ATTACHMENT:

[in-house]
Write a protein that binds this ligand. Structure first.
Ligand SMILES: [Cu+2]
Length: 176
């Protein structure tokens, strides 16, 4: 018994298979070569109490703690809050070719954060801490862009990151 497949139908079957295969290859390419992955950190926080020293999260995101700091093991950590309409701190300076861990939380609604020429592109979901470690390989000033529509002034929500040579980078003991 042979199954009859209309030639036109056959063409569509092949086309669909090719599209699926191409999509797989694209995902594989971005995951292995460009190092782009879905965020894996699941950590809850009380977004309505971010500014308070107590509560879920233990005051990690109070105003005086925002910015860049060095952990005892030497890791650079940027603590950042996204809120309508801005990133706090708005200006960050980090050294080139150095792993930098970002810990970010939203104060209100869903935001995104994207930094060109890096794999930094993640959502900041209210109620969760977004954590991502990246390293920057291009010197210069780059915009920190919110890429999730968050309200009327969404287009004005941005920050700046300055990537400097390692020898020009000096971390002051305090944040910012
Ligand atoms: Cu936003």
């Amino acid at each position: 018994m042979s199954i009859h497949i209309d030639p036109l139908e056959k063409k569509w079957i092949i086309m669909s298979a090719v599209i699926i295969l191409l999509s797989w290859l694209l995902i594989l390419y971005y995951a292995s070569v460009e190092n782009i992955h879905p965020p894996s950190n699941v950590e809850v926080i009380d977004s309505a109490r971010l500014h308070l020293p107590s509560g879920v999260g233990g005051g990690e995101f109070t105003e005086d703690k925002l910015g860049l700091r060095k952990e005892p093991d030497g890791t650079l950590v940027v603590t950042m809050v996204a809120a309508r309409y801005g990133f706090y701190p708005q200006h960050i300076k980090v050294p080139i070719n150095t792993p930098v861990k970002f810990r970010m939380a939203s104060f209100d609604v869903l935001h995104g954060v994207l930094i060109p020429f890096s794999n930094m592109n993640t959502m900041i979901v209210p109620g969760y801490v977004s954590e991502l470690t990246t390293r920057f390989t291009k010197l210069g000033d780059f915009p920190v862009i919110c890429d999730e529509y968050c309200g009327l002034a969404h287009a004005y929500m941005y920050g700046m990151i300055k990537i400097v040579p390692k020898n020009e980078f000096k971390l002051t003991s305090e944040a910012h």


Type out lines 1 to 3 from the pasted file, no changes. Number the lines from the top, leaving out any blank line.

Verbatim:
[in-house]
Write a protein that binds this ligand. Structure first.
Ligand SMILES: [Cu+2]